Elsie de Wolfe is a 20th-century legend and is the mother of modern interior decoration.
Her name is familiar to many who practice the art of interior design or who are linked to the fashionable world of taste-making.
She provided appropriate settings for the new rich in the first half of the 20th century and in the process helped to shape our understanding of what we have come to know as the modern domestic interior.
I am going in now for interior decoration, by that I mean supplying objets d'art and giving advice regarding the decoration of their houses to wealthy persons who do not have the time, inclination, nor culture to do such work for themselves.
It is nothing new, women have done the same thing before. (Elsie de Wolfe)
Through the measured re-examination of known materials as well as the review of history-clarifying documents that have been overlooked or underused by previous de Wolfe enthusiasts, 'Elsie de Wolfe: The Birth of Modern Interior Decoration' provides the foundation of a renewed interest in her groundbreaking career, her philosophy of design, and her belief that an atmosphere of beauty could cure a world of ills.'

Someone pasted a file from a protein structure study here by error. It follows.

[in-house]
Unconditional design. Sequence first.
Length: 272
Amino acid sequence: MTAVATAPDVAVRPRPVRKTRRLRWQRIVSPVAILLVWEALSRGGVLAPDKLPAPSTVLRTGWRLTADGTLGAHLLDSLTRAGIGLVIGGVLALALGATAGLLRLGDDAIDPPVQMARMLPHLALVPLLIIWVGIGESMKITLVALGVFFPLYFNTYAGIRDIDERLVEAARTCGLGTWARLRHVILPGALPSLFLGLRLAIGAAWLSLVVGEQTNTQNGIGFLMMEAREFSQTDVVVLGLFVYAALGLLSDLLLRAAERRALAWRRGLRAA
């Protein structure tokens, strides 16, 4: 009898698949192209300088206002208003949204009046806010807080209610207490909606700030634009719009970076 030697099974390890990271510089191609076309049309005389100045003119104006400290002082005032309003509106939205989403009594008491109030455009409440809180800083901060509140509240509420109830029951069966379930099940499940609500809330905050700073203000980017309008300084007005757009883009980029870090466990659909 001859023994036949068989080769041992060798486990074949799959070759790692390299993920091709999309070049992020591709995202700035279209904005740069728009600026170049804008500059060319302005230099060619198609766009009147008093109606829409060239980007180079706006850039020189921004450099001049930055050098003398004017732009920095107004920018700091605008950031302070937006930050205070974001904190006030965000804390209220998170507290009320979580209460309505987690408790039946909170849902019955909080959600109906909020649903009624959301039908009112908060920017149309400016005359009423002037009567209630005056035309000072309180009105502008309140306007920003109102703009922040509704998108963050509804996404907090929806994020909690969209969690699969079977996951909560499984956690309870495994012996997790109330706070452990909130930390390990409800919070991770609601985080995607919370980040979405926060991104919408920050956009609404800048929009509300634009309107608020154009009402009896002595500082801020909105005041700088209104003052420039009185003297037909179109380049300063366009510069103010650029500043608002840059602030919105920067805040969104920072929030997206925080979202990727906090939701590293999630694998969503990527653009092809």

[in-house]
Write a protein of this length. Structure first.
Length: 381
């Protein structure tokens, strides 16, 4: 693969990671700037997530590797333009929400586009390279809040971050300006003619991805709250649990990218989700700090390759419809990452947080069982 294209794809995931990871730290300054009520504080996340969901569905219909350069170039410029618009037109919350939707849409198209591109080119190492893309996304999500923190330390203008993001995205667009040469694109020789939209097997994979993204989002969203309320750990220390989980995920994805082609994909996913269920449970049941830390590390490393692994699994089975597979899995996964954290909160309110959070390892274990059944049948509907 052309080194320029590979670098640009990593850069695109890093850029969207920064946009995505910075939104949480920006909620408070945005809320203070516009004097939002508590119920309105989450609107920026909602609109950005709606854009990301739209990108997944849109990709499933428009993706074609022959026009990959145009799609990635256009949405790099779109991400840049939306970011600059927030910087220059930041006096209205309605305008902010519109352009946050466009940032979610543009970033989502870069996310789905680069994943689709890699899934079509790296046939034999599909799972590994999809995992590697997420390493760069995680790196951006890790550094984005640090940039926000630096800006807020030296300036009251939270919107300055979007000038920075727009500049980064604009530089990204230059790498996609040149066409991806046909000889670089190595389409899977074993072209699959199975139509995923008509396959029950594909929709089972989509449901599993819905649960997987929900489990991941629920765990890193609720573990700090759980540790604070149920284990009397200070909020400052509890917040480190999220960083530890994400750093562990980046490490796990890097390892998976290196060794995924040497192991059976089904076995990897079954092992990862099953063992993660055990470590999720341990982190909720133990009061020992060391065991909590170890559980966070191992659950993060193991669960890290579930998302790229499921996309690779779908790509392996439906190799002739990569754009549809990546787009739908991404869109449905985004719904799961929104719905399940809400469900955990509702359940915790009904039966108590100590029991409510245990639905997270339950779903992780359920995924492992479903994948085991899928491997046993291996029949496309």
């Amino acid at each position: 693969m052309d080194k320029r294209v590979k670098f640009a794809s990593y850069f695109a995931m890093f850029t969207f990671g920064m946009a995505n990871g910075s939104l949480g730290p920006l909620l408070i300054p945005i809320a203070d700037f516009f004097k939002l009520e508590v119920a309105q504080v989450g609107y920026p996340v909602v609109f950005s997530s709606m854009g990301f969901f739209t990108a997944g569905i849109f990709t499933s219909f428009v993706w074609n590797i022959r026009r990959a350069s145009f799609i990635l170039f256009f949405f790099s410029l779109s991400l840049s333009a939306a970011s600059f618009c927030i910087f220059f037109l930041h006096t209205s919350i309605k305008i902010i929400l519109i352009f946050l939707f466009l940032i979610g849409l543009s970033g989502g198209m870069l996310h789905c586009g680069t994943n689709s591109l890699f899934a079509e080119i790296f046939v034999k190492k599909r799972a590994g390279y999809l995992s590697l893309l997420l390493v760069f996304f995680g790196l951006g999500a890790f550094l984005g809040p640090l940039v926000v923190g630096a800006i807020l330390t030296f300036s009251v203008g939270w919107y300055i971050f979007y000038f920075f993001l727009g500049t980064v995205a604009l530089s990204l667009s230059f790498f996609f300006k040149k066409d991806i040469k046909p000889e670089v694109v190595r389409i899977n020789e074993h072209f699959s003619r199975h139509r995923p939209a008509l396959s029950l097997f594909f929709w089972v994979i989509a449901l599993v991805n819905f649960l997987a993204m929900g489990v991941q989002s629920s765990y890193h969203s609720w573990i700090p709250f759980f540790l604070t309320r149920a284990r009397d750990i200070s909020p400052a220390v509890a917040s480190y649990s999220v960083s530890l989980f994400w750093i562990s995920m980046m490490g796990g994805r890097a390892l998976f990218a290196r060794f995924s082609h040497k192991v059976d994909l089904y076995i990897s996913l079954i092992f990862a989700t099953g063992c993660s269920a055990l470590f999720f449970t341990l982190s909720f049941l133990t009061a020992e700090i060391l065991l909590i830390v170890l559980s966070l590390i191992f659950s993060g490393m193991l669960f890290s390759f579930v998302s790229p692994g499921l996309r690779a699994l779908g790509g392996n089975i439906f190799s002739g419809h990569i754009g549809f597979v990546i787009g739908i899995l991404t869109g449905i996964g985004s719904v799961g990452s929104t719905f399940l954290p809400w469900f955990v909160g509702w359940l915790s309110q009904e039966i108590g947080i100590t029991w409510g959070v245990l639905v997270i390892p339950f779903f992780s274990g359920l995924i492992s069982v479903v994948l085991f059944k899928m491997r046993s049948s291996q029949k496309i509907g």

This large format, profusely illustrated book covers 29 projects (including Villa Trianon, The Colony Club, Anne Vanderbilt, Anne Morgan, the Duchess of Windsor, and J. Ogden Armour, to name a few) and concludes with a timeline of her works.
Written by English decorative arts scholar Penny Sparke and edited by New York Times contributor Mitchell Owens, 'Elsie de Wolfe: The Birth of Modern Interior Decoration' presents the most in-depth look ever into the design aesthetic of this early 20th-century master decorator.